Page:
Friday Afternoon Movie: Throne Of Blood

Aaaaaaaaaaaaaaaaaaand you’re done. Sitting back in your chair you take in the magnificent sight before you, satisfied that you have accomplished something today. Yep, no one can look at these perfectly symmetrical rows of paper clips, organized by size, and claim that you don’t do anything. No, you are a model of efficiency. Now, no matter what size paper clip a situation might require, you will be able to reach in your drawer and pluck it from it’s resting place, held by the smallest dab of adhesive from your glue stick. Truly this has been a stellar day; but what to do now? Well, why don’t you take a load off and feast your eyes on some toothsome filmage?

Today, the FAM presents master filmmaker Akira Kurosawa’s Kumonosu-jō (literally Spider Web Castle) known here as Throne of Blood, a retelling of William Shakespeare’s MacBeth set in feudal Japan, starring the legendary Toshirō Mifune as Washizu Taketoki. Throne of Blood is considered one of Kurasawa’s best films and Mifune gives a standout performance, though his Taketoki comes across as less malevolent than Shakespeare’s MacBeth. An interesting fact to note is that Mifune’s death scene at the end of the film, in which his own archer’s riddle him with arrows, was filmed using real arrows. As he waves his arms in fear he is also signaling to the archers, telling them which direction he is going to move. If you’ve never watched a Kurosawa film, you owe it to yourself to take a look, it’s a brilliant piece of cinema from a man who made a career of producing some of the finest movies from Japan, or anywhere else for that matter.

8 Responses to “Friday Afternoon Movie: Throne Of Blood”

  1. Luke Copping Says:

    I Didn’t think you guys would have a better Friday afternoon movie than Stalker, but this changed my mind. One of my favorite films ever directed, and One of Kurosawa’s greatest. Throne of blood is consistently in my top ten, along with Kagemusha.

  2. Dina Haansley Says:

    Sounds like a pretty good film, gotta check it out. Yeah that seems pretty scary, he’s playing with a little more than fire having real arrows used. One wrong mistake and it’s over, brave man.

  3. Peter S. Says:

    Interestingly, the Oregon Shakespeare Festival has commissioned a stage adaptation of this film for next year’s season. Kind of a weird feedback loop, that.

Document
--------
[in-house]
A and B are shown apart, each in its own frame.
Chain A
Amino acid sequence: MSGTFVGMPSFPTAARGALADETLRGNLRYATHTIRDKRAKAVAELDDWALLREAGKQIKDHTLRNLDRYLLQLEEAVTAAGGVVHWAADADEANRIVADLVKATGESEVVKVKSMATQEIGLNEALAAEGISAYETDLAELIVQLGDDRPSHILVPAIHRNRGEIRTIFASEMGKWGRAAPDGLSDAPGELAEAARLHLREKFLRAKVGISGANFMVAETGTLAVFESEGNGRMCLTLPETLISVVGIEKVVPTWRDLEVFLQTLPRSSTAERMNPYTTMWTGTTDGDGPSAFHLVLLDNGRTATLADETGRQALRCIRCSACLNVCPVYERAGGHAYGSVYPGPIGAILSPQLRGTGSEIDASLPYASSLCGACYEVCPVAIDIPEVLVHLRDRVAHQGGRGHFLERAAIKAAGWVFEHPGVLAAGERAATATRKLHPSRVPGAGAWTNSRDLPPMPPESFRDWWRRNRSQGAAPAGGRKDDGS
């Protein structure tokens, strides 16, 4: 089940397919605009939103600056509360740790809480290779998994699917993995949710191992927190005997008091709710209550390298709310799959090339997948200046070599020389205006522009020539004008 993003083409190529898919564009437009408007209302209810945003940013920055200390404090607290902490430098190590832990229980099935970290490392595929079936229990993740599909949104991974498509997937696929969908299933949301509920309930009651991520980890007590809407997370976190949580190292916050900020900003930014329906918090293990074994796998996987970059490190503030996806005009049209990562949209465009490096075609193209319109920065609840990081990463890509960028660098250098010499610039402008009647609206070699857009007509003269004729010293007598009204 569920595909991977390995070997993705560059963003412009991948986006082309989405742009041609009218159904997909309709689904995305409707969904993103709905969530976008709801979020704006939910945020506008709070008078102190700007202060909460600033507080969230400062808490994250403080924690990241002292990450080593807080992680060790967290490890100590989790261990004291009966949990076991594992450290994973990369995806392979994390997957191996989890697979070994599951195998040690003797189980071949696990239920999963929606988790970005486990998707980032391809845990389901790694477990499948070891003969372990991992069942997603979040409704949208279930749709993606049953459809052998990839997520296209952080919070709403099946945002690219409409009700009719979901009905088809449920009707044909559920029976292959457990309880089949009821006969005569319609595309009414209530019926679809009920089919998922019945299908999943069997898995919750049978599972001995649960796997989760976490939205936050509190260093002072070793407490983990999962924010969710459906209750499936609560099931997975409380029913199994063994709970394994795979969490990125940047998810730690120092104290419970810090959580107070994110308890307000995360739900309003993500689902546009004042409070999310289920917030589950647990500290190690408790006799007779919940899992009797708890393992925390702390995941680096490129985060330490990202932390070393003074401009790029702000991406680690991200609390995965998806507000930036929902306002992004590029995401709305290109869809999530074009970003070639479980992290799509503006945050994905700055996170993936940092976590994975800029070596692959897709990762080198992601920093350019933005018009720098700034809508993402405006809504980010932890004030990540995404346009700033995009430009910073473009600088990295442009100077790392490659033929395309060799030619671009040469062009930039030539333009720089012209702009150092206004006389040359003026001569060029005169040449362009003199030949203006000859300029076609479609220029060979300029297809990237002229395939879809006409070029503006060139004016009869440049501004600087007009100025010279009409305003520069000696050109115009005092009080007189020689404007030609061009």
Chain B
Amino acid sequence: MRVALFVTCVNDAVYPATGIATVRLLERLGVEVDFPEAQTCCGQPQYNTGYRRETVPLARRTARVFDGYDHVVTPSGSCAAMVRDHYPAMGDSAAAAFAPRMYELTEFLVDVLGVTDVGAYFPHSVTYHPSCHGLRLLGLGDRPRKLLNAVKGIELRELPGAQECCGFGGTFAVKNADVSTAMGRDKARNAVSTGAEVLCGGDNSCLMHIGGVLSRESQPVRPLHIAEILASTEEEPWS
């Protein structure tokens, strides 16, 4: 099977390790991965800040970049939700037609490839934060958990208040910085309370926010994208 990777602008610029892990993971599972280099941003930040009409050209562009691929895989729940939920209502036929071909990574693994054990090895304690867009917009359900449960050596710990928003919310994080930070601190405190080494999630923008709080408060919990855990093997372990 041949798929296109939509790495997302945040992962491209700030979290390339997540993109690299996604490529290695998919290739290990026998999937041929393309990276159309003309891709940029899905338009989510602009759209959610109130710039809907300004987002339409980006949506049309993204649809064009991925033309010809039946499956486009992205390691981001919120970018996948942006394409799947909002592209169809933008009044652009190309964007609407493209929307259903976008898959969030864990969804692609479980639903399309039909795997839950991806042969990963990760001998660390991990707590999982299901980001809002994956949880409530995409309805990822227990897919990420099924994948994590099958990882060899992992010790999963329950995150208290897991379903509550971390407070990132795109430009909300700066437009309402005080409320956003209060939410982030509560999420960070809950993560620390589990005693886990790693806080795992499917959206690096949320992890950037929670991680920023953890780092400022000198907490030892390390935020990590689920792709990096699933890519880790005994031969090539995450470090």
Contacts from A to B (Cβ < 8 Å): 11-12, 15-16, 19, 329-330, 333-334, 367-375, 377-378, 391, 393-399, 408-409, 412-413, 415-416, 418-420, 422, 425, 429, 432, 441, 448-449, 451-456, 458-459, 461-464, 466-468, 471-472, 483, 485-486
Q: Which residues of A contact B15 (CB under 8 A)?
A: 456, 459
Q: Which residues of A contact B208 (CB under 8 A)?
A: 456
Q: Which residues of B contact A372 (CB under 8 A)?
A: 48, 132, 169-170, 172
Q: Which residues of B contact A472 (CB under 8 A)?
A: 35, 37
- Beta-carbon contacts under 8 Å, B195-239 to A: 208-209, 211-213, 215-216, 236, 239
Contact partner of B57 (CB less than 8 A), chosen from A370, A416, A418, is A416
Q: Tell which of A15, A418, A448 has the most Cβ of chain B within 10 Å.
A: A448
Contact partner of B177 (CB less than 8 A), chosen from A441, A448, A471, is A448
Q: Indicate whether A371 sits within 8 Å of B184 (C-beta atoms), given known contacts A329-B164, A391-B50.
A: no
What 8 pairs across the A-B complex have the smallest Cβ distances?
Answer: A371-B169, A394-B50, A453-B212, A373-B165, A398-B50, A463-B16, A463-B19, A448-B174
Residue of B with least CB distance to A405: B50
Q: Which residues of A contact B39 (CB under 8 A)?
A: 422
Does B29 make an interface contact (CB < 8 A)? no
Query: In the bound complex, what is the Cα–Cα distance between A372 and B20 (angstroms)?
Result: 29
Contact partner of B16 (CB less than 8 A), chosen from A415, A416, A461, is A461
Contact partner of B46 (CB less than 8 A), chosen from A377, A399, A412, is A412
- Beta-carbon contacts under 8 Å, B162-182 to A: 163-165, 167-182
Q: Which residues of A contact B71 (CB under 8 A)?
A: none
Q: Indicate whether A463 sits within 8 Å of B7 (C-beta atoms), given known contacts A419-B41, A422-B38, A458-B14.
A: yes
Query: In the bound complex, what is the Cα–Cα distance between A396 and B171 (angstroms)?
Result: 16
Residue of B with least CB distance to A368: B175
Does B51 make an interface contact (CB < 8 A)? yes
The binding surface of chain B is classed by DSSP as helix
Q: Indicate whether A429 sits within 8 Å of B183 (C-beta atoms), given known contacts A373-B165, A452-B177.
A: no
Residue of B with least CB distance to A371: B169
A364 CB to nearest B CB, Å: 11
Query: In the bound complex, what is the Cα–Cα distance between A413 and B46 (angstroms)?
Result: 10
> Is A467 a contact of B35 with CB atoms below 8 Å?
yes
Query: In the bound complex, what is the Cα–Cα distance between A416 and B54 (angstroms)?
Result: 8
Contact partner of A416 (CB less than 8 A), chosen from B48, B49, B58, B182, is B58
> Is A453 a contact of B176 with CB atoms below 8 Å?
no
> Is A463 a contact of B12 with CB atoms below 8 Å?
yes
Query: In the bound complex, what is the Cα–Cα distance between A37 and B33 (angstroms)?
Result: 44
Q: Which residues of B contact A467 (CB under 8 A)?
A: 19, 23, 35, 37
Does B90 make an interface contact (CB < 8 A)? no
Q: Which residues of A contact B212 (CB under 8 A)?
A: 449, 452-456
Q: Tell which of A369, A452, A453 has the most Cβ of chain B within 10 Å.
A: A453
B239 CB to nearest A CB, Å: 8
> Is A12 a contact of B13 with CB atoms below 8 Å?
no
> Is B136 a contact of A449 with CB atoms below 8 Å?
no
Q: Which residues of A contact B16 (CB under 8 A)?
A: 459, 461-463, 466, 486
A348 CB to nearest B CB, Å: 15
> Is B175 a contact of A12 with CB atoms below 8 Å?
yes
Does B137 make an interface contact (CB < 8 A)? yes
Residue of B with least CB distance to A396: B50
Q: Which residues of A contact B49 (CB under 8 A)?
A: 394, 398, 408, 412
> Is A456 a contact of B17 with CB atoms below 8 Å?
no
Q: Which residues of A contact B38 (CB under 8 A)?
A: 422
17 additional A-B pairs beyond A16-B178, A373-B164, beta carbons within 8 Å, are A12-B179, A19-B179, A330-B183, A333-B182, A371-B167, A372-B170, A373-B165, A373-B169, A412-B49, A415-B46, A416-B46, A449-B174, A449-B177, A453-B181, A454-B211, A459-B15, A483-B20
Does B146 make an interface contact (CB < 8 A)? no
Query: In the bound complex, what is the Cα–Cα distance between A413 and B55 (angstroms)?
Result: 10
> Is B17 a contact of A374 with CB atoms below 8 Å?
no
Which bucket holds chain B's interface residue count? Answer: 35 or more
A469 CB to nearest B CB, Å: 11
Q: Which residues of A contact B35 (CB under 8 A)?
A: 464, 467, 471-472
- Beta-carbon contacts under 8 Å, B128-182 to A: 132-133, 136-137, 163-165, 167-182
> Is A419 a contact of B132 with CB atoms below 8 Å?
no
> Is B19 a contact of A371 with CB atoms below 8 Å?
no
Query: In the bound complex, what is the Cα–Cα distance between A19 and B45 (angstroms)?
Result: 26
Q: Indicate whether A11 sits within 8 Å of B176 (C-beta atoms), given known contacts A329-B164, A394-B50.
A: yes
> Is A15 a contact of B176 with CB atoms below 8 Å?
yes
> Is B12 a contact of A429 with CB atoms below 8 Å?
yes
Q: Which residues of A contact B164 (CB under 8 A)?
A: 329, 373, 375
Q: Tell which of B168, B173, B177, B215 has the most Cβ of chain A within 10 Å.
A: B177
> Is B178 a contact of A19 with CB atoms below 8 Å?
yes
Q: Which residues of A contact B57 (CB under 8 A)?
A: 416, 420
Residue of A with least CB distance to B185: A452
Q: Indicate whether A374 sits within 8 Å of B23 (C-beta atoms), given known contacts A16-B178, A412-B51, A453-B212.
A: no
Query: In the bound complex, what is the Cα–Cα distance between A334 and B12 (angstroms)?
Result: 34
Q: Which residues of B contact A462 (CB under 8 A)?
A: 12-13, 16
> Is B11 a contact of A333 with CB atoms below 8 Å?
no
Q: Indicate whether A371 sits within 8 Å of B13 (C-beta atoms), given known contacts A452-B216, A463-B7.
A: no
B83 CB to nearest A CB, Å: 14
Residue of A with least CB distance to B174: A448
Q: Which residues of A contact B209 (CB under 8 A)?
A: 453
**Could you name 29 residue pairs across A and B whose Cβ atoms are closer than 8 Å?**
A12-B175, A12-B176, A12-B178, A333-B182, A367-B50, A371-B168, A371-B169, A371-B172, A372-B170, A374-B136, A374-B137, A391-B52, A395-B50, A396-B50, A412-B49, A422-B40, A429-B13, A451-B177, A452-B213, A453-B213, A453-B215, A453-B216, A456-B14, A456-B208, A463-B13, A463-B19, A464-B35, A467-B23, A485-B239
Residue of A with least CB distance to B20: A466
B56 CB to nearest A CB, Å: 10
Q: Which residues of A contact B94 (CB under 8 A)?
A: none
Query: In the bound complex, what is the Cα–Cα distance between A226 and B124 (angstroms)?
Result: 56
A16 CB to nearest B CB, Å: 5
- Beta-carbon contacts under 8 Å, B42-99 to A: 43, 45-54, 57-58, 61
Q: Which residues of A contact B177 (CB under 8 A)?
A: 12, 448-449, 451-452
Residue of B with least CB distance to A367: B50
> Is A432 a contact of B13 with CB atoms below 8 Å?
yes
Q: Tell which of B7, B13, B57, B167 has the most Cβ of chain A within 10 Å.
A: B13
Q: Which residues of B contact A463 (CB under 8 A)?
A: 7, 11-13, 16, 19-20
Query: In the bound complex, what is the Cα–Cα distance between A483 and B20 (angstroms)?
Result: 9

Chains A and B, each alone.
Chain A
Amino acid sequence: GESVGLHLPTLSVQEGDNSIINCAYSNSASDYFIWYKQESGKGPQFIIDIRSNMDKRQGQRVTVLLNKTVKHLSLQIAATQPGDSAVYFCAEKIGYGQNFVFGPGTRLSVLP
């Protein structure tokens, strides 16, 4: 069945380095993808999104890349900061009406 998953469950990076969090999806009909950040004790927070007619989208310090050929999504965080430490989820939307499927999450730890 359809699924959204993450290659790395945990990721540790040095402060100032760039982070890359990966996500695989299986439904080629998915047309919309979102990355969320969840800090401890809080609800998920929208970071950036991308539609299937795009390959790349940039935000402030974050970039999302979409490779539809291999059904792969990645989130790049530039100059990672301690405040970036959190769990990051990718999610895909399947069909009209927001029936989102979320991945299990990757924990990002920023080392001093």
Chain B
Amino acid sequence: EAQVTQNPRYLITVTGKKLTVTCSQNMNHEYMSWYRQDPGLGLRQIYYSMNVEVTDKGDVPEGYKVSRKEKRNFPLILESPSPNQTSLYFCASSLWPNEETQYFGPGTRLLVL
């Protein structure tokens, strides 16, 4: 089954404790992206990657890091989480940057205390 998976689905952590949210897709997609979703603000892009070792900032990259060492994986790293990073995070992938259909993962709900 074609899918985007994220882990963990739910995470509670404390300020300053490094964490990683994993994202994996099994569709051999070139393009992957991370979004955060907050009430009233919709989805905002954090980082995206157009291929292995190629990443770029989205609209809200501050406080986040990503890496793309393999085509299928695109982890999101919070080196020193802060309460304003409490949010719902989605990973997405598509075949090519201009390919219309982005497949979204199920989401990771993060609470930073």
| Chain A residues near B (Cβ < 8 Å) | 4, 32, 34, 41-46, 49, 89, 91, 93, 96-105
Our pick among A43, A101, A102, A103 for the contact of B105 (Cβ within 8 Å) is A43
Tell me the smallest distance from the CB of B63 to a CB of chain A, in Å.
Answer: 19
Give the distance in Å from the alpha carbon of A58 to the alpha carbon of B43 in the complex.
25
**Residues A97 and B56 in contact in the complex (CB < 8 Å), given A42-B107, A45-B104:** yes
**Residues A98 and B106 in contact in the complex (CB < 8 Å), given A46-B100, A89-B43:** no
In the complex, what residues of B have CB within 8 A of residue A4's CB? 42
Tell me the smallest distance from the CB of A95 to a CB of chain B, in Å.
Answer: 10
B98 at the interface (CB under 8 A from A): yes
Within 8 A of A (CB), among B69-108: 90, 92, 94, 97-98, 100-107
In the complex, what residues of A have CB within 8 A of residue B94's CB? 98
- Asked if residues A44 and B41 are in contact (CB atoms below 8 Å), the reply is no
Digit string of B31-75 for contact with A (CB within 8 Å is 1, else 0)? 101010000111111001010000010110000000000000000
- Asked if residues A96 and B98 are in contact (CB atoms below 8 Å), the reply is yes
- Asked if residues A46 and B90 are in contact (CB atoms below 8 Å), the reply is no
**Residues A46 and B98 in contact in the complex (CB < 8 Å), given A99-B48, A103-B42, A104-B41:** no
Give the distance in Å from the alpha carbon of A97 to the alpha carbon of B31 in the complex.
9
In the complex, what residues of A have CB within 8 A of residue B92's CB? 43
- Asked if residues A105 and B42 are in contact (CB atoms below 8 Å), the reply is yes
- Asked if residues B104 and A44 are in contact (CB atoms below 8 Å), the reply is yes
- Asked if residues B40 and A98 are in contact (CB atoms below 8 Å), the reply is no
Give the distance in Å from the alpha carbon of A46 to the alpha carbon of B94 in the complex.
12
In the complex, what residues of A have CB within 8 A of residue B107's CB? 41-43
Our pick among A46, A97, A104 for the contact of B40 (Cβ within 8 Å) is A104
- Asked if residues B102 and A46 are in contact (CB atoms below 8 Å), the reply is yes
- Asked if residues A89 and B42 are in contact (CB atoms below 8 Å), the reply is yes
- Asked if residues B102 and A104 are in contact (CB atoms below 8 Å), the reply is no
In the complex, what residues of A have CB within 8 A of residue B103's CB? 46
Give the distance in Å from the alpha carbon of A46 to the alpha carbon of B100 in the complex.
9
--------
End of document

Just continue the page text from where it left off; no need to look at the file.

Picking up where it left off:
4. Ben Morris Says:

    I love this film. Mifune is (as always) fantastic.

    The only film adaptation of Shakespeare I think is superior is Orson Welles’ Chimes at Midnight.

  5. Tequila Says:

    Shakespeare always seemed a natural fit for Japanese cinema and while I prefer RAN over Throne of Blood it’s really like comparing what amazingly awesome film do you like a microscopic bit more than the other. Kurosawa even at his most shall we say…eccentric…pushed the boundaries of keeping the emotions in tact beyond the visuals and spectacle. You don’t see that kind of control in a lot of directors. This goes beyond the typical samurai film in every sense…though as we all know he did damn good genre pics too.

    I still wonder what it would have been like to see Kurosawa do a Shakespeare adaptation with western actors.

    @Peter S. Weird choice of production but so very very cool. Reminds me of a recent HBO film that did something similar.

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  7. DeusXMachina Says:

    This is one of those films that makes me think of investing in a film screening system superior in quality to my laptop.

    Thanks to my stepdad, I was raised watching films like this, and “Aguerre, Wrath of God”.

    They never get old.

    @Peter S. I’m intrigued by this news of OSF’s production. Are you directly involved in any way?

  8. BigJonno Says:

    I actually wrote an essay on this movie when I was 15. I had to a comparitive piece for my English GCSE and we’d been looking at two different versions of Macbeth, the Polanski movie and a modern-day adaptation that was about as inspiring as a housebrick. I was really struggling with it over the Christmas holidays, but then I caught sight of Throne of Blood in the big Radio Times Christmas special.

    It was my salvation! I loved the movie and wrote a rather good piece, although I probably spent too much time comparing the settings and how the feudal Japanese period suited the story, but I still got an A.